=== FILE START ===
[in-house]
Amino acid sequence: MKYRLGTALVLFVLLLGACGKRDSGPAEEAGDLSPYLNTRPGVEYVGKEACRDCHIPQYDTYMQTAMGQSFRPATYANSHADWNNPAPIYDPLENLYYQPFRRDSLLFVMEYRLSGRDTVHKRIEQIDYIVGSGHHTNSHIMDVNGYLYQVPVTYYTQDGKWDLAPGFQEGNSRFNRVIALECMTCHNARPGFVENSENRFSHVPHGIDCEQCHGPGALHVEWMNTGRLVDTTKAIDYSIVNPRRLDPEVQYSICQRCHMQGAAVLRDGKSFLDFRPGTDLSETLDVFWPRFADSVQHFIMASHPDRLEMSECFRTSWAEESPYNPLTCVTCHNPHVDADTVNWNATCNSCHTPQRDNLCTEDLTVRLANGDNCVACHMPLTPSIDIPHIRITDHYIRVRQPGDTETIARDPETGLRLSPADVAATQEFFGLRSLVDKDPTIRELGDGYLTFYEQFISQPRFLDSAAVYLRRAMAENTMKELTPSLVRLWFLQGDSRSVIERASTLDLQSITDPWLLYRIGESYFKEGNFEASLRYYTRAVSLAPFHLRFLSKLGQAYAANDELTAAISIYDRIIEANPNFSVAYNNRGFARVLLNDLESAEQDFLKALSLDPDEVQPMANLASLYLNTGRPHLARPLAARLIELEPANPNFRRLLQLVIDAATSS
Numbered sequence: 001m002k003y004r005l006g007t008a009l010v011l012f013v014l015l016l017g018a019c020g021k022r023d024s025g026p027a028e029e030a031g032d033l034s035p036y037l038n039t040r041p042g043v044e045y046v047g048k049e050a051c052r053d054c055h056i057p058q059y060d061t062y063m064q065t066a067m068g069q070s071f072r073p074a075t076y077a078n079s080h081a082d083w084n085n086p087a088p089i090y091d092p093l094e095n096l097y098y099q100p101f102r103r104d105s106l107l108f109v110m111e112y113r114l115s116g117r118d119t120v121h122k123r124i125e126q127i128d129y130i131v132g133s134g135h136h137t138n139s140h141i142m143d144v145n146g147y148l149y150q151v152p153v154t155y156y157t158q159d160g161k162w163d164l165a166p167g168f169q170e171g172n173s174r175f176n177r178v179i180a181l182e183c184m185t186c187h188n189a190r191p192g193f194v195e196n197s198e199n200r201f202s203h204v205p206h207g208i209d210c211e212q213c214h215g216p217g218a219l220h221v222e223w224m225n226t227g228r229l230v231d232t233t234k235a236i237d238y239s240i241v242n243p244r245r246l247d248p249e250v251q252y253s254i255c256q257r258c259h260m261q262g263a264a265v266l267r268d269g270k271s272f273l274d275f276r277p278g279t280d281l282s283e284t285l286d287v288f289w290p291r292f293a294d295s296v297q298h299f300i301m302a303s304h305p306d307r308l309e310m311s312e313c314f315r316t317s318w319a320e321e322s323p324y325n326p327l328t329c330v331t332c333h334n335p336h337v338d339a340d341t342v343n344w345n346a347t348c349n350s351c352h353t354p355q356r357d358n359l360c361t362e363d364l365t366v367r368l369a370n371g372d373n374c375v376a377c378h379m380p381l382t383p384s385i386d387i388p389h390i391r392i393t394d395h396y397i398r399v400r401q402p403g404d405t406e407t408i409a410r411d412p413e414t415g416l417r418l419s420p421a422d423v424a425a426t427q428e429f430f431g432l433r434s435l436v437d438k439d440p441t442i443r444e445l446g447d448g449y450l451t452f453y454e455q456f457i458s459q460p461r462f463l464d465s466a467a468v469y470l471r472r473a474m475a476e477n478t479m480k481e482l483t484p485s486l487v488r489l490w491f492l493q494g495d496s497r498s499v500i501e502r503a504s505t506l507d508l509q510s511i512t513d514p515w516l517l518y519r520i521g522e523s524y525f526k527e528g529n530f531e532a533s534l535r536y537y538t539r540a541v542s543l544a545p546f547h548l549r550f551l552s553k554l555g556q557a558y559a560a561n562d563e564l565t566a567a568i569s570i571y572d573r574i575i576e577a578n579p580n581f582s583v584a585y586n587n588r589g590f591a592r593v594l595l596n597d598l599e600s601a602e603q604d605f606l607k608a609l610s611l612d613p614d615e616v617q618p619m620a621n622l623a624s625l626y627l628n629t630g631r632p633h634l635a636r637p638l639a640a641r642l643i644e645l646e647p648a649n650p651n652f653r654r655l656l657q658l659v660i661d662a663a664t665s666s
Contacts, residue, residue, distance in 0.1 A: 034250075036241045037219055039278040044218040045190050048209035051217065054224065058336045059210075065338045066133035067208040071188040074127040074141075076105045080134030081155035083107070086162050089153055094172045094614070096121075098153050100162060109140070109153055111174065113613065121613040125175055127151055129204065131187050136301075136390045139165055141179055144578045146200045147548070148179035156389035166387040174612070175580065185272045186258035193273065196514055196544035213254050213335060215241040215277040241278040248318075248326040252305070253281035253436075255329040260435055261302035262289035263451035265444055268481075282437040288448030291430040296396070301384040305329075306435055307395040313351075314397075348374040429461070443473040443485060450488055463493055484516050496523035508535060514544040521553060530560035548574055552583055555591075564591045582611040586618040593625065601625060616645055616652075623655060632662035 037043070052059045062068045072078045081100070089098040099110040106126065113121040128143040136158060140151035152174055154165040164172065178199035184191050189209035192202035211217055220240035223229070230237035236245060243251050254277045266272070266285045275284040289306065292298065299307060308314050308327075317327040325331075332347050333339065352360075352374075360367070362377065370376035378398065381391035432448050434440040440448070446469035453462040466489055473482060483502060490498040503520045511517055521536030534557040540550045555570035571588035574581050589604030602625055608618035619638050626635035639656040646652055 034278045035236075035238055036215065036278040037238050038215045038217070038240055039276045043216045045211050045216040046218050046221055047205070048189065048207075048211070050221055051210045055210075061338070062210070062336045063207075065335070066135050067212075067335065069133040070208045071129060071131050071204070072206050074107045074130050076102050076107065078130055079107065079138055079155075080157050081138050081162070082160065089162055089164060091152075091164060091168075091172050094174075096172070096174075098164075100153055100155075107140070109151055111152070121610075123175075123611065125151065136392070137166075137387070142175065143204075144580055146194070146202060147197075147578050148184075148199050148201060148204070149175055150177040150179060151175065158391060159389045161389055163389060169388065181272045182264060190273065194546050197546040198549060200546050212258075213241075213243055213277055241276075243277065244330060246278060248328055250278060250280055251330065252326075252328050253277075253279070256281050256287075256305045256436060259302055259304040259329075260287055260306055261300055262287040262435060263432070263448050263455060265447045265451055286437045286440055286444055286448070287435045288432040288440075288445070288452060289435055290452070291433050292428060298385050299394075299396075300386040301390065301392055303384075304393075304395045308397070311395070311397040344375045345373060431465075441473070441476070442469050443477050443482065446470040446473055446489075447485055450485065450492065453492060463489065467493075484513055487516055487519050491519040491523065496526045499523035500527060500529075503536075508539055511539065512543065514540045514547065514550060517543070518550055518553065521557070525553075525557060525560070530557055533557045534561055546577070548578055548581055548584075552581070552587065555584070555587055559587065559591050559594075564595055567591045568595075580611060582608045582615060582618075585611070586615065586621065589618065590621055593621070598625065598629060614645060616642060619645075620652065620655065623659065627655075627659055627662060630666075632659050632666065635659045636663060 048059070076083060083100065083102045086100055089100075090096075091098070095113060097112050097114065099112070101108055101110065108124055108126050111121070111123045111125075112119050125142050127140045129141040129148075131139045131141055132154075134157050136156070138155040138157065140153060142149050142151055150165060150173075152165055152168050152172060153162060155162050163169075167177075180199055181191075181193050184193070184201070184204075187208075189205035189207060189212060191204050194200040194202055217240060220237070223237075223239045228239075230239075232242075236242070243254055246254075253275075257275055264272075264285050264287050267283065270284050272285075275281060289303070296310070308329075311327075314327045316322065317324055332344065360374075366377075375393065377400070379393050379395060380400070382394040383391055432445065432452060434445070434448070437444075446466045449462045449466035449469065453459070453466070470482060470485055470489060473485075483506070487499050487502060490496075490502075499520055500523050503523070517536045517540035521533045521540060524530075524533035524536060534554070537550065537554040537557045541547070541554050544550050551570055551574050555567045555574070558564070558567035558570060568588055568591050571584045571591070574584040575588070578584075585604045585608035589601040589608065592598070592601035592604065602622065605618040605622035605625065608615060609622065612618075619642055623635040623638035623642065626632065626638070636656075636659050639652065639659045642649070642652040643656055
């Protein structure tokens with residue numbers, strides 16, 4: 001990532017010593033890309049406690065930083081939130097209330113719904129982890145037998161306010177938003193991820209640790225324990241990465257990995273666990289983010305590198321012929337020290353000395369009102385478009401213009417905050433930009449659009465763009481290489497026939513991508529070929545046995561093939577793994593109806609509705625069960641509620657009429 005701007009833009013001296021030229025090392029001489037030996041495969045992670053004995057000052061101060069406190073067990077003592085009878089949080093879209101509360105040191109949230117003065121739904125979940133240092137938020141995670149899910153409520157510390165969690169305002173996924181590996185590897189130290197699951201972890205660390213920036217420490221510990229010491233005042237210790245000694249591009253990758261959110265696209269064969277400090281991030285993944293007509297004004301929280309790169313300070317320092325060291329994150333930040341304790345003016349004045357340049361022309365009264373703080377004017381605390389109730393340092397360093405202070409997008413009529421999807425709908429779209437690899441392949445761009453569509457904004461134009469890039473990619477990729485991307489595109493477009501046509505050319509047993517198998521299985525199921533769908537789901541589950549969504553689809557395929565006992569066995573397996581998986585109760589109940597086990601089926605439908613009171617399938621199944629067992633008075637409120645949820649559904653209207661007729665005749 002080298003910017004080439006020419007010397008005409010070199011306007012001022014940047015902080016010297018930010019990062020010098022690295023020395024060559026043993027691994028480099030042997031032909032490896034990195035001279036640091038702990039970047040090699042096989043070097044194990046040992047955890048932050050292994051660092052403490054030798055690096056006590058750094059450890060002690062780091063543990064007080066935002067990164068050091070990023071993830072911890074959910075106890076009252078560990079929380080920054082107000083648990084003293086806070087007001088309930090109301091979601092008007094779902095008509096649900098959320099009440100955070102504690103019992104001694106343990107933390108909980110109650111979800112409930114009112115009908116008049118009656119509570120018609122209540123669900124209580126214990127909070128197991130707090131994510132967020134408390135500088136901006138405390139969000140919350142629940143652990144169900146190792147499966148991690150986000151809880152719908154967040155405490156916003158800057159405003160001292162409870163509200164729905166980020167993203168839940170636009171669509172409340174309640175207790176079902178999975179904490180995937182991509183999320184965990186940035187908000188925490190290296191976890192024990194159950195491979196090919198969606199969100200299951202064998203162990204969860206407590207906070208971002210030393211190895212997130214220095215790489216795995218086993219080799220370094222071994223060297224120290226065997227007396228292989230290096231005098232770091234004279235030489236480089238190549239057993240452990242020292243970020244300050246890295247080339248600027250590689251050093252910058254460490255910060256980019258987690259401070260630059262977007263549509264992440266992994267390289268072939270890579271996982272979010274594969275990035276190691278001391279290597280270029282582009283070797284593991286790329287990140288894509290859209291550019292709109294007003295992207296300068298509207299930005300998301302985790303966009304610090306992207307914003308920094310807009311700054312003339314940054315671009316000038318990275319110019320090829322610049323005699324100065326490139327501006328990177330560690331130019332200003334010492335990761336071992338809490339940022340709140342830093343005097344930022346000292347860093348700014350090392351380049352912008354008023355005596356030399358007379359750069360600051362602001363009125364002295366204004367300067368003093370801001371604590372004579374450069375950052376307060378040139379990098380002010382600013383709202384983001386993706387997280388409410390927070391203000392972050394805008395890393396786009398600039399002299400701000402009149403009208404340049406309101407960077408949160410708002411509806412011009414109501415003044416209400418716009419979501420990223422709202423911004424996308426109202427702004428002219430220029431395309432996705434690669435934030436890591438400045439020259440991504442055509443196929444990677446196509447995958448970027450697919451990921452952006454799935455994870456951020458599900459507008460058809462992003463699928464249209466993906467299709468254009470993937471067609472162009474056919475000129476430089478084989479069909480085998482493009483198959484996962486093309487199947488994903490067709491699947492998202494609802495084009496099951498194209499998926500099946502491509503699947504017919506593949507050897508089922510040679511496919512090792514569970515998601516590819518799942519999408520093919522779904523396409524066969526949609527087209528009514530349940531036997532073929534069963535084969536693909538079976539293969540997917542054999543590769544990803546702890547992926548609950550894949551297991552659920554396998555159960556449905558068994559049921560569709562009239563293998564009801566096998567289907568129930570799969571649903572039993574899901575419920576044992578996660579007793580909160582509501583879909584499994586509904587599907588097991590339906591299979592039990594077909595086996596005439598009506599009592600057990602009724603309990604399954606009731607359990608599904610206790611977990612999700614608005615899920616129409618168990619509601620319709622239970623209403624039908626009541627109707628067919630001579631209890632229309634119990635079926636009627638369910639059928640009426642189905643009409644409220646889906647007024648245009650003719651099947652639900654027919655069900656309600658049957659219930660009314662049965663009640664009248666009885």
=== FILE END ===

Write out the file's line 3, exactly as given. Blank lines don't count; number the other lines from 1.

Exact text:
Numbered sequence: 001m002k003y004r005l006g007t008a009l010v011l012f013v014l015l016l017g018a019c020g021k022r023d024s025g026p027a028e029e030a031g032d033l034s035p036y037l038n039t040r041p042g043v044e045y046v047g048k049e050a051c052r053d054c055h056i057p058q059y060d061t062y063m064q065t066a067m068g069q070s071f072r073p074a075t076y077a078n079s080h081a082d083w084n085n086p087a088p089i090y091d092p093l094e095n096l097y098y099q100p101f102r103r104d105s106l107l108f109v110m111e112y113r114l115s116g117r118d119t120v121h122k123r124i125e126q127i128d129y130i131v132g133s134g135h136h137t138n139s140h141i142m143d144v145n146g147y148l149y150q151v152p153v154t155y156y157t158q159d160g161k162w163d164l165a166p167g168f169q170e171g172n173s174r175f176n177r178v179i180a181l182e183c184m185t186c187h188n189a190r191p192g193f194v195e196n197s198e199n200r201f202s203h204v205p206h207g208i209d210c211e212q213c214h215g216p217g218a219l220h221v222e223w224m225n226t227g228r229l230v231d232t233t234k235a236i237d238y239s240i241v242n243p244r245r246l247d248p249e250v251q252y253s254i255c256q257r258c259h260m261q262g263a264a265v266l267r268d269g270k271s272f273l274d275f276r277p278g279t280d281l282s283e284t285l286d287v288f289w290p291r292f293a294d295s296v297q298h299f300i301m302a303s304h305p306d307r308l309e310m311s312e313c314f315r316t317s318w319a320e321e322s323p324y325n326p327l328t329c330v331t332c333h334n335p336h337v338d339a340d341t342v343n344w345n346a347t348c349n350s351c352h353t354p355q356r357d358n359l360c361t362e363d364l365t366v367r368l369a370n371g372d373n374c375v376a377c378h379m380p381l382t383p384s385i386d387i388p389h390i391r392i393t394d395h396y397i398r399v400r401q402p403g404d405t406e407t408i409a410r411d412p413e414t415g416l417r418l419s420p421a422d423v424a425a426t427q428e429f430f431g432l433r434s435l436v437d438k439d440p441t442i443r444e445l446g447d448g449y450l451t452f453y454e455q456f457i458s459q460p461r462f463l464d465s466a467a468v469y470l471r472r473a474m475a476e477n478t479m480k481e482l483t484p485s486l487v488r489l490w491f492l493q494g495d496s497r498s499v500i501e502r503a504s505t506l507d508l509q510s511i512t513d514p515w516l517l518y519r520i521g522e523s524y525f526k527e528g529n530f531e532a533s534l535r536y537y538t539r540a541v542s543l544a545p546f547h548l549r550f551l552s553k554l555g556q557a558y559a560a561n562d563e564l565t566a567a568i569s570i571y572d573r574i575i576e577a578n579p580n581f582s583v584a585y586n587n588r589g590f591a592r593v594l595l596n597d598l599e600s601a602e603q604d605f606l607k608a609l610s611l612d613p614d615e616v617q618p619m620a621n622l623a624s625l626y627l628n629t630g631r632p633h634l635a636r637p638l639a640a641r642l643i644e645l646e647p648a649n650p651n652f653r654r655l656l657q658l659v660i661d662a663a664t665s666s